Tag Archives: relationships

Lessons from an Aspergers-NT Marriage (Part 1)

Being married to someone with Asperger’s Syndrome is challenging.

Okay, that’s an understatement. Some people might go so far as to say it’s impossible. A quick internet search on ‘Asperger’s marriage’ will turn up plenty of horror stories.

Being married to an aspie is hard work. There are times when the neurotypical partner may feel more like a caregiver than a spouse, especially if the aspie partner’s symptoms are severe.

But if you’re in an Aspergers-neurotypical marriage, you didn’t get there by accident. You’ve made a deliberate choice to share your life in what is essentially a cross-cultural partnership. Like any cross-cultural exchange, an aspie-NT marriage can be a rewarding experience or a nightmare.

There isn’t a lot of self-help literature available for those of us in aspie-NT marriages, especially for aspie women married to NT men (the reverse combination is far more common). Beyond the usual factors that determine the success of a marriage, there are a few unique areas that can make or break an aspie-NT marriage:

  • How severe the aspie partner’s symptoms are
  • How socially skilled the NT partner is
  • How willing both partners are to work on the areas they can improve and accept the ones they can’t

As a woman with Asperger’s Syndrome who’s been married to a neurotypical partner for 25 years, I feel like I’ve lucked out in all three areas. I’m at the higher functioning end of the autism spectrum and my husband, The Scientist (as he’ll henceforth be known here), has solid social skills. Most importantly, we’ve become very good at both adaptation and acceptance.

It hasn’t always been easy. Sometimes it’s been damn near impossible. More than once we’ve considered whether we might be better off apart than together. But we’ve also found some surprising benefits to our aspie-NT partnership. Hopefully some of what we’ve learned will be helpful to other couples that have taken on the challenge of making an Aspergers-NT marriage work.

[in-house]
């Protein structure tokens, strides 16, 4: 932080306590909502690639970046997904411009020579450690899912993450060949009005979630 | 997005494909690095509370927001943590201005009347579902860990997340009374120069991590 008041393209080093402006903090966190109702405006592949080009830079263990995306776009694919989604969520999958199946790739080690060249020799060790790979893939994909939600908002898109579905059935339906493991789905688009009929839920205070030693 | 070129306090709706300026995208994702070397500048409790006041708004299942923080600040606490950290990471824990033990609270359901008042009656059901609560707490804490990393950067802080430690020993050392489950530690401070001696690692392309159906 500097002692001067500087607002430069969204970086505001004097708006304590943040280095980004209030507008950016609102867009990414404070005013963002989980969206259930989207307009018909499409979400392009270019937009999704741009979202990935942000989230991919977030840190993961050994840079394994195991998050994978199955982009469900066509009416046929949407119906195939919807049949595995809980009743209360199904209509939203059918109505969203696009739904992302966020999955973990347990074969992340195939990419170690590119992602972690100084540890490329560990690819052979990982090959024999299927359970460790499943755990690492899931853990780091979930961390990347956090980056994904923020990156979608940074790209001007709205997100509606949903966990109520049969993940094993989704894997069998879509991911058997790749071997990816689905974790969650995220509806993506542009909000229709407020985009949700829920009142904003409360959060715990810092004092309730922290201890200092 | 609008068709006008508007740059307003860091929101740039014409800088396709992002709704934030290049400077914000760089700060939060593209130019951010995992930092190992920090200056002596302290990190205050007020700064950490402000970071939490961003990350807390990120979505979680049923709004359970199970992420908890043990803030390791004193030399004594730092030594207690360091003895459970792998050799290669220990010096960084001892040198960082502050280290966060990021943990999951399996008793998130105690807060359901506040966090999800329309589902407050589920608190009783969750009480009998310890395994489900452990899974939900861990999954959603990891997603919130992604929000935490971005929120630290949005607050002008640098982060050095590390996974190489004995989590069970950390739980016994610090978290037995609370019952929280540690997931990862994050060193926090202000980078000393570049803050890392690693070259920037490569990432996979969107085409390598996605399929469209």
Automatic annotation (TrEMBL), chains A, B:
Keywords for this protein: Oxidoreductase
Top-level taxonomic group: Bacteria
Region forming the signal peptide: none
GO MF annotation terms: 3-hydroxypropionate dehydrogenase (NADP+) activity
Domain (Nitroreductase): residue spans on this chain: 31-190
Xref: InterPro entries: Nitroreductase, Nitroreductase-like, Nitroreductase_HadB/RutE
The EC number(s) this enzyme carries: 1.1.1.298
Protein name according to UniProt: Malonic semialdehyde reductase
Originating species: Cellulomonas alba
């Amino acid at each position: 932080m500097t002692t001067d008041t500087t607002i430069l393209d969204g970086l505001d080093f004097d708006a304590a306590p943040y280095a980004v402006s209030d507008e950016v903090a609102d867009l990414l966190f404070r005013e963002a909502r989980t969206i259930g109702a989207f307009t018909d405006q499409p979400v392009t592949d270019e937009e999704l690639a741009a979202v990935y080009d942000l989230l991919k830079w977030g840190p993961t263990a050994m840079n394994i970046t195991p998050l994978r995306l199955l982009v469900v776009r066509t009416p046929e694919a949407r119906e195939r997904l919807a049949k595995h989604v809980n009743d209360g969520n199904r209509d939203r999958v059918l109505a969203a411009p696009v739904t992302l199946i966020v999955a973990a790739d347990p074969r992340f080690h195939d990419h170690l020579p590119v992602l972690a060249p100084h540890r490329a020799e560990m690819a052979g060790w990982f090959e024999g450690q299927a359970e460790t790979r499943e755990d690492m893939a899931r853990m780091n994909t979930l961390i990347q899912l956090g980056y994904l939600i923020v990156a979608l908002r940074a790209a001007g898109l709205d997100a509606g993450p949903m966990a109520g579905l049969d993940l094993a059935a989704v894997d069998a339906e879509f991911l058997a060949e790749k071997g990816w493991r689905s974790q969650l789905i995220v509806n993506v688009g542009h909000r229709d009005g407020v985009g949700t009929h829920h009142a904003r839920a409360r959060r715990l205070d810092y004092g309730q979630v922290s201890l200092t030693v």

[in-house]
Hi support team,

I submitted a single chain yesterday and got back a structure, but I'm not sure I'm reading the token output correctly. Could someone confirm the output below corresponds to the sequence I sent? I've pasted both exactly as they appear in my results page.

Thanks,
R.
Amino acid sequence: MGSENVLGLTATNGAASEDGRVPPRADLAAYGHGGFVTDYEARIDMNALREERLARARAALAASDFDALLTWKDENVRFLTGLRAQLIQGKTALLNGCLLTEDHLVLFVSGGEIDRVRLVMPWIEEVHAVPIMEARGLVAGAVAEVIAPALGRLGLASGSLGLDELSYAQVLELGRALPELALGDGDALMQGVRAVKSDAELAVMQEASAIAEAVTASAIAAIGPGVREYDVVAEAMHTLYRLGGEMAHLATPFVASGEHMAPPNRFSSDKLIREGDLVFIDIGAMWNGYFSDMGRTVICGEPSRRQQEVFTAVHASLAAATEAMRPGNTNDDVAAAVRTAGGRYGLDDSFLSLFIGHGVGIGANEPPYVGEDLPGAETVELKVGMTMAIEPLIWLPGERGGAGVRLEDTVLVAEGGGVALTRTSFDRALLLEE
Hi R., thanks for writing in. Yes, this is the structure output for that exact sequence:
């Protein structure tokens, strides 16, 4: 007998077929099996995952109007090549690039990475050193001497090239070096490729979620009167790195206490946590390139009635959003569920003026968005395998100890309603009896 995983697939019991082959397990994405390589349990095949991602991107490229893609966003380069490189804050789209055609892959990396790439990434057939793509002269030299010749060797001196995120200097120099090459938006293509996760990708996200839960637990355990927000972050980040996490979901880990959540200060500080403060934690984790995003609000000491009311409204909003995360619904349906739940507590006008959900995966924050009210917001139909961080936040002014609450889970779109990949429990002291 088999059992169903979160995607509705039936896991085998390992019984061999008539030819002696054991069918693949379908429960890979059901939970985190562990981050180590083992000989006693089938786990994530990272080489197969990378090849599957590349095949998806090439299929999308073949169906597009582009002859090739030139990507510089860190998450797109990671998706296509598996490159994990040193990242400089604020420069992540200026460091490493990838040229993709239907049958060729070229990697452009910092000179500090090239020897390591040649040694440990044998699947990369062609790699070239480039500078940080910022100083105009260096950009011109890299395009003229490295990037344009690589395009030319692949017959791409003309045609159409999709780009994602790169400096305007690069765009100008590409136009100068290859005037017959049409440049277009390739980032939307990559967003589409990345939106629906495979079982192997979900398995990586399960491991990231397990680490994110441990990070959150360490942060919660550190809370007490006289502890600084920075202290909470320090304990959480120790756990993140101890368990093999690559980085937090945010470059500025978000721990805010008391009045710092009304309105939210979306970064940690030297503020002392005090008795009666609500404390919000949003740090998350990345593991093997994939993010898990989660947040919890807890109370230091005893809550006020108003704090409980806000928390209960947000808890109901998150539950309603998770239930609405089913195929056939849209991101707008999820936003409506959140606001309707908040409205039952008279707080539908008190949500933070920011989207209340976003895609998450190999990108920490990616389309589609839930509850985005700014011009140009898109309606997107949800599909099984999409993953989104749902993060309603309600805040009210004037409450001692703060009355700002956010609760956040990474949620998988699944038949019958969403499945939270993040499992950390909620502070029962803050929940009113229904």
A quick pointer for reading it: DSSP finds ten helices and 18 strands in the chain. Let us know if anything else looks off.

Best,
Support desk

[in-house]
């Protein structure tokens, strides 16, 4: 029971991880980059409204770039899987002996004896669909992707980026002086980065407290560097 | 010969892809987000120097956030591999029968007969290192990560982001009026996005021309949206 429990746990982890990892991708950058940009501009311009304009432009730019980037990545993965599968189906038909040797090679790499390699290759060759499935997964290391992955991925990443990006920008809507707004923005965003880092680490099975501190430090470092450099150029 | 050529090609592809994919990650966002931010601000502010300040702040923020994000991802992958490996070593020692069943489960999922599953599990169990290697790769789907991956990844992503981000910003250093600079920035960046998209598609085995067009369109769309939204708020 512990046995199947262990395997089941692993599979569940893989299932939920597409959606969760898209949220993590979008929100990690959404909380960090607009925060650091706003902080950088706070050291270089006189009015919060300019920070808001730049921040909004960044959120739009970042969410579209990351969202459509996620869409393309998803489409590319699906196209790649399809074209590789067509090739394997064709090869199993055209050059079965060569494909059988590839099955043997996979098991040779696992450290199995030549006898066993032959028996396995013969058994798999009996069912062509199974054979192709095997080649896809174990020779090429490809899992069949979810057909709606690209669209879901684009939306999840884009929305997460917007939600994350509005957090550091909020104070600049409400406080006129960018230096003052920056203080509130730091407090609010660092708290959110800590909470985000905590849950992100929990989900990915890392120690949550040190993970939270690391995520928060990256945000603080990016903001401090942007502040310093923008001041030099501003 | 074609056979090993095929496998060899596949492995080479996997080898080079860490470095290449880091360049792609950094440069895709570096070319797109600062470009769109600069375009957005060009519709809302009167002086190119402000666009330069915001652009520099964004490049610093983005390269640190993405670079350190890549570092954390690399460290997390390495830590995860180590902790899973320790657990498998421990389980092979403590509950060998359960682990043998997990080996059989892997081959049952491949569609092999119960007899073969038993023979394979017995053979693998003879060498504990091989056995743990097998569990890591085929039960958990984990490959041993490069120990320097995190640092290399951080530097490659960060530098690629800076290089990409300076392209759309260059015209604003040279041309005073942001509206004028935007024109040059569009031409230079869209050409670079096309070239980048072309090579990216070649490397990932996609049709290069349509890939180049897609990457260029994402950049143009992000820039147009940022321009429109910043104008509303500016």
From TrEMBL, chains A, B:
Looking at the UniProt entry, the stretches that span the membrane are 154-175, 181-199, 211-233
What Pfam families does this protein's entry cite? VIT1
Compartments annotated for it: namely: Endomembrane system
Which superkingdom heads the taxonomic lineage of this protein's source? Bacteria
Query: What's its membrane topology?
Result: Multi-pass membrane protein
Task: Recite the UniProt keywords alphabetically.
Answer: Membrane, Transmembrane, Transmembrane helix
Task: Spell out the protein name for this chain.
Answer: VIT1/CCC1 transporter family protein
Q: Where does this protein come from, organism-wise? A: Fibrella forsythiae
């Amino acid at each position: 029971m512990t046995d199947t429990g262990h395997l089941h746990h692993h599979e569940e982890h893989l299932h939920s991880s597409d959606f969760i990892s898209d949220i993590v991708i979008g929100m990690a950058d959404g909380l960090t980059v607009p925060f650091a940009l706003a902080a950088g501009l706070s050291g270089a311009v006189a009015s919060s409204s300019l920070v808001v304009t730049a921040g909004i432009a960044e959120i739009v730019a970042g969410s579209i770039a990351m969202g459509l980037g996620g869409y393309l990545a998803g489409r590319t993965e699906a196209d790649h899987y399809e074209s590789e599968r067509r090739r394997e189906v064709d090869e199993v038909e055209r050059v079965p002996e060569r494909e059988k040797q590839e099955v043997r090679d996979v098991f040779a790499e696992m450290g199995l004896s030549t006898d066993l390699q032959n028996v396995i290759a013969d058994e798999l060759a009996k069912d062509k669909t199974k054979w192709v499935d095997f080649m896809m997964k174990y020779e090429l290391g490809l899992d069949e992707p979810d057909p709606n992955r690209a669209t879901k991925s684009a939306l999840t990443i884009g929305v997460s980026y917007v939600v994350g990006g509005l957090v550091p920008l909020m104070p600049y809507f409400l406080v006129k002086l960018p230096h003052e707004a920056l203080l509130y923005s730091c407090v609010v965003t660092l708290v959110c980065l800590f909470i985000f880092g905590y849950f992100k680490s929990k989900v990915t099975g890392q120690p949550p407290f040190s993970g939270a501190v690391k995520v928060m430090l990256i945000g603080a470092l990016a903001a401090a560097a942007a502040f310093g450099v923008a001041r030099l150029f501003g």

(By WordRidden via Flickr. Used under Creative Commons License.)

In no particular order, here are 12 lessons that we’ve learned (often the hard way):

Divide up household and family responsibilities according to each partner’s strengths.

I have a good sense of my strengths and weaknesses. I’m good with organizing and scheduling. I suck at ironing. I have the patience to help with homework and sit through two-hour soccer practices. I should never be allowed to handle power tools. I enjoy the research involved in managing the household finances. The thought of calling up a neighbor to confirm that we’ll be attending a party causes me to procrastinate for days and need a nap afterward.

If you’re lucky, you have a partner with some different strengths and weaknesses than your own. Dividing up the household responsibilities accordingly makes life easier on both partners and addresses one of the biggest potential pitfalls in an aspie-NT relationship: the tendency for the NT partner to feel like a caregiver rather than a spouse or a lover. If the aspie partner has some clearly designated responsibilities at which she excels, delegating her weak areas to her partner can feel less like a failing.

Successful partnerships are built on a rational division of labor and a marriage is no different.